In todays' Daily Telegraph
You could call today appeal day in the paper. The central place on the main news page (page 9) is given over to “a lofty appeal to the patriotism of the people” by King George V, with a facsimile image of the “ringing summons to duty which cannot and will not be ignored by the King’s loyal subjects” which receives a ringing endorsement form a leader on page 8.
Then on page 9 comes the launch of the Telegraph’s shilling fund for 1915, although the previous year’s Belgian one has not been closed. This is in response to a letter from one Norman Forbes Robertson, who was so incensed by the execution of Edith Cavell, “ruthlessly butchered by the Huns” as he puts it, that he proposes a Telegraph appeal fund for a monument to the nurse, already has a Royal Academician lined up to make a sculpture for it, and launches the fund with 100 shillings (£5). The Telegraph’s proprietors were more than happy to accede to this request, and added £1,000 shillings (£50) of their own to get the ball rolling. The outcome of this appeal can still be seen in St Martin’s Place, London.
Meanwhile the National Egg Collection for wounded soldiers and sailors appeals for help on page 7, in an article with the mind-boggling figures that it has collected 11 million eggs for the cause so far, but claims it needs another 100,000 eggs a day for its work, whilst on page 12 the National Political Land League Council appeals for more women workers on the land.
Also in today’s paper
- A Commercial Correspondent writes on what is “by no means the least thrilling chapter to be written” of the war – Germany’s shady commercial machinations (page 6)
- The Allies start bombarding Bulgarian ports – page 9 - The latest news from Serbia gives “a decidedly grave impression of the position of the Serbian army” – page 9
- An account of the final interview with Edith Cavell, from the British Chaplain at Brussels on the night before her execution, is reprinted on pages 9 and 10 - Looks like bad news for the Austrians on page 10, with the Russians announcing a victory in Galicia and the Italians a “vigorous offensive on a wide front” - A reader registers his outrage on page 10 at a naturalised German being able to run a garage, and argues given his experiences of motoring past an ammunition works without being challenged, that no enemy alien should be permitted to own a motor car for the duration of the war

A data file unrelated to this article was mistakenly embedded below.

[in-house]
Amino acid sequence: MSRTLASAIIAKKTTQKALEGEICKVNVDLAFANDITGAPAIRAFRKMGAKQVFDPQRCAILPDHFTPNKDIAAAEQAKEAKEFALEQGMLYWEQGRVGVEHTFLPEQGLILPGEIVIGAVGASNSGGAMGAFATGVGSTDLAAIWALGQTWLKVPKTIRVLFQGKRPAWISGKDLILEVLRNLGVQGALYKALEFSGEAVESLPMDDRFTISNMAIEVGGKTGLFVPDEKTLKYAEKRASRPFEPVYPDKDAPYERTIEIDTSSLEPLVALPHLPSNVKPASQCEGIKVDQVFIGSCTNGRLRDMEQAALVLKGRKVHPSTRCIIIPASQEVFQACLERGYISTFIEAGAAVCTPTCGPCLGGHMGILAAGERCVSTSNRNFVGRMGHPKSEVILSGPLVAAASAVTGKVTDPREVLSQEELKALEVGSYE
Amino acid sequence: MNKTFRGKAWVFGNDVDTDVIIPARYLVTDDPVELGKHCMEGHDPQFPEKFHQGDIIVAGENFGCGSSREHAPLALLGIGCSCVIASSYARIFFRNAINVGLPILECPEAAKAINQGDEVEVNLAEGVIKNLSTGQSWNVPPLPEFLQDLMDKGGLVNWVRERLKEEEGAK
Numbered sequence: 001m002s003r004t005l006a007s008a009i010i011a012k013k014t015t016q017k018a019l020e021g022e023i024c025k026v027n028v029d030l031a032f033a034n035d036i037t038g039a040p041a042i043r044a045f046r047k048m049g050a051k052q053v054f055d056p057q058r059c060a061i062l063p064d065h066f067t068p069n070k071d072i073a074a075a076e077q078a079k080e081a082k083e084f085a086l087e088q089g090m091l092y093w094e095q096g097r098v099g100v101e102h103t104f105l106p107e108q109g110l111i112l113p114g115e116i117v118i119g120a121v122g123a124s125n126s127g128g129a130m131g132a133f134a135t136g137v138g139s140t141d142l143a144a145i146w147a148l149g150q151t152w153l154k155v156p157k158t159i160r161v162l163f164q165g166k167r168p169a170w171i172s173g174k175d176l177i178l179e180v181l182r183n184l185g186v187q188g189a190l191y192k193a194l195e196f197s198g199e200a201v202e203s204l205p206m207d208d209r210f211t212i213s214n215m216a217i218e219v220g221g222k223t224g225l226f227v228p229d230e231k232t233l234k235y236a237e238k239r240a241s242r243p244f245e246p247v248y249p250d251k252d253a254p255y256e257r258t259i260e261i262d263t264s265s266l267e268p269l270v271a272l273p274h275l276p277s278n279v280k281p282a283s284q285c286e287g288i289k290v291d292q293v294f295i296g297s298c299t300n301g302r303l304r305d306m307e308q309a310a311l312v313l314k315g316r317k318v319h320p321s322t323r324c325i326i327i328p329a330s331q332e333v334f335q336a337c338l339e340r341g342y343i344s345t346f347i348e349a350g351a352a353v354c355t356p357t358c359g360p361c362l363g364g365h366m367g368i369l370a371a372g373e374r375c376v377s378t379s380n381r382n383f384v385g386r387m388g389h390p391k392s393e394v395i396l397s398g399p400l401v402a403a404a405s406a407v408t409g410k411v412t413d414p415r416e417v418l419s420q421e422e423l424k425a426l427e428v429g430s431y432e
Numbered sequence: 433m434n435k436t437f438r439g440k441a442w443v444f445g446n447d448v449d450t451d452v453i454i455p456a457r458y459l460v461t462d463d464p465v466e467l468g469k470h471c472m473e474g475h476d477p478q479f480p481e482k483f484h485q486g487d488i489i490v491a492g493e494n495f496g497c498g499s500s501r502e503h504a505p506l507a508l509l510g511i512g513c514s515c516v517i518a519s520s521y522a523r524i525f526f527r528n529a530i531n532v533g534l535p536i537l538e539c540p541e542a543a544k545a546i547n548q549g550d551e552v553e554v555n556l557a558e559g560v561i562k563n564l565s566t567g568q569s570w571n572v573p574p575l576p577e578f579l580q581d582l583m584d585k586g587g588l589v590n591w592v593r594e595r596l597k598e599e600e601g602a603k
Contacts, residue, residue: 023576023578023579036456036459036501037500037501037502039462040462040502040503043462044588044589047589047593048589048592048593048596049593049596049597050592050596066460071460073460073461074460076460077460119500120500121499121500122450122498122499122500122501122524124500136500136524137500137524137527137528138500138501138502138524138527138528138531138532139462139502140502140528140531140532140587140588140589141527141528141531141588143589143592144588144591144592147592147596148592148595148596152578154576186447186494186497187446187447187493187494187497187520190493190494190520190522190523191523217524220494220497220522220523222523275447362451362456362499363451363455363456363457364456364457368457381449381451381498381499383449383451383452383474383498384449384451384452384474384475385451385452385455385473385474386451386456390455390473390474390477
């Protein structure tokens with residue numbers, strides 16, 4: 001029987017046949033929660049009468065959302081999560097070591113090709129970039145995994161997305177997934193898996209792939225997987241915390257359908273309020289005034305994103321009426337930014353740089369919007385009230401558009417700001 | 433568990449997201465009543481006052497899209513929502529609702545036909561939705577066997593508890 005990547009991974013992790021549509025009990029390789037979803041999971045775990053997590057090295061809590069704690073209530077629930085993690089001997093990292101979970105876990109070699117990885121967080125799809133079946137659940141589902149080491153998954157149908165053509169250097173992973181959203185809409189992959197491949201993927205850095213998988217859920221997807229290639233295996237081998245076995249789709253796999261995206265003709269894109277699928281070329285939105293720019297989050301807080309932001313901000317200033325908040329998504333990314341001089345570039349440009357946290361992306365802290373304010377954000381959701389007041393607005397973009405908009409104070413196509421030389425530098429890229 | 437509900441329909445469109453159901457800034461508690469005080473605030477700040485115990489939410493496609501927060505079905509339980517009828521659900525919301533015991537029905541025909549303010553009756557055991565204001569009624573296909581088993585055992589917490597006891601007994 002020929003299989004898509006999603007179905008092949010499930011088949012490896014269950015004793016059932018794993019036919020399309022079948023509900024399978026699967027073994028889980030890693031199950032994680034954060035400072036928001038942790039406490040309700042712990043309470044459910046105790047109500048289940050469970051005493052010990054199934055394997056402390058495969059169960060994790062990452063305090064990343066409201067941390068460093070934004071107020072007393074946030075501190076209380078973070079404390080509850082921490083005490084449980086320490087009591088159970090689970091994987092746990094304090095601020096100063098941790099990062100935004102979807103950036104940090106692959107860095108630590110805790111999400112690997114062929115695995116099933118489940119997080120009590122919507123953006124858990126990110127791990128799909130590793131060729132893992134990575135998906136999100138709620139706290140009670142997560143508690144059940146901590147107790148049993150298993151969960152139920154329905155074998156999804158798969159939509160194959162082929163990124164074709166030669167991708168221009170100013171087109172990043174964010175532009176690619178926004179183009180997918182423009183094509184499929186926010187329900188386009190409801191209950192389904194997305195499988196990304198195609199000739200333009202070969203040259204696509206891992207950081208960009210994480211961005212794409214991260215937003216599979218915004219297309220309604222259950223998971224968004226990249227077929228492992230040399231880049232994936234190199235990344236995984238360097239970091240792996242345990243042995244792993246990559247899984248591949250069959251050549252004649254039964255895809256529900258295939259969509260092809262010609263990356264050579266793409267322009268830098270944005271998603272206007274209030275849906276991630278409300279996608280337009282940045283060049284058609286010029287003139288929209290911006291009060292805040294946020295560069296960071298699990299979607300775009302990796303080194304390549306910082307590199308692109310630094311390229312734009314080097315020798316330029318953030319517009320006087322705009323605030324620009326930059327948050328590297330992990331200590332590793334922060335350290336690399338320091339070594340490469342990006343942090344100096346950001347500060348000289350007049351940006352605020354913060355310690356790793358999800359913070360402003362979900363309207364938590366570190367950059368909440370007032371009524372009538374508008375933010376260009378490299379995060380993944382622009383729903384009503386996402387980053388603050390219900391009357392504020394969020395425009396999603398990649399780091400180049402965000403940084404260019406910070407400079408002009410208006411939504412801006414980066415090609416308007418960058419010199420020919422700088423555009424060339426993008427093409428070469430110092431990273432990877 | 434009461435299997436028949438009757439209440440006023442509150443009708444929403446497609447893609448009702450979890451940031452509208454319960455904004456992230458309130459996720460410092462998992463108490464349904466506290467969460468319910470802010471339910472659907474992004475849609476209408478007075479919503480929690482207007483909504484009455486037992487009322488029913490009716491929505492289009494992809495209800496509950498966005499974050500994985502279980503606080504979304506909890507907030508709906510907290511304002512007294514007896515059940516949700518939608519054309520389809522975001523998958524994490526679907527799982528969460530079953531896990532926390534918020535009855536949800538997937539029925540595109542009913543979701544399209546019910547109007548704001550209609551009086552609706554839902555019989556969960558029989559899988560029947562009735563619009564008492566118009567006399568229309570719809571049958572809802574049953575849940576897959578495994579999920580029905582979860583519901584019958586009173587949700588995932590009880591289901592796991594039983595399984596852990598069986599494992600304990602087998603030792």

- French commander General Joffre tells an American reporter “Peace to-day would be a crime against posterity” – page 11 - A nephew of the Bulgarian Tsar Ferdinand is reported to have been blinded by an acid attack by his mistress – page 11. The report ignores the fact he’s a third cousin to George V - Henry Ford gives $10,000 to the Canadian Red Cross and declares his sympathies are pro-Ally to mollify his Canadian workers after upsetting them with a speech against the British war loan – page 11
- The women’s page (page 12) looks at how women are assisting the war effort, as well as jobs their sisters across the Atlantic do, including washing paper money; a good day’s washing consists of dealing with 35,000 bills apparently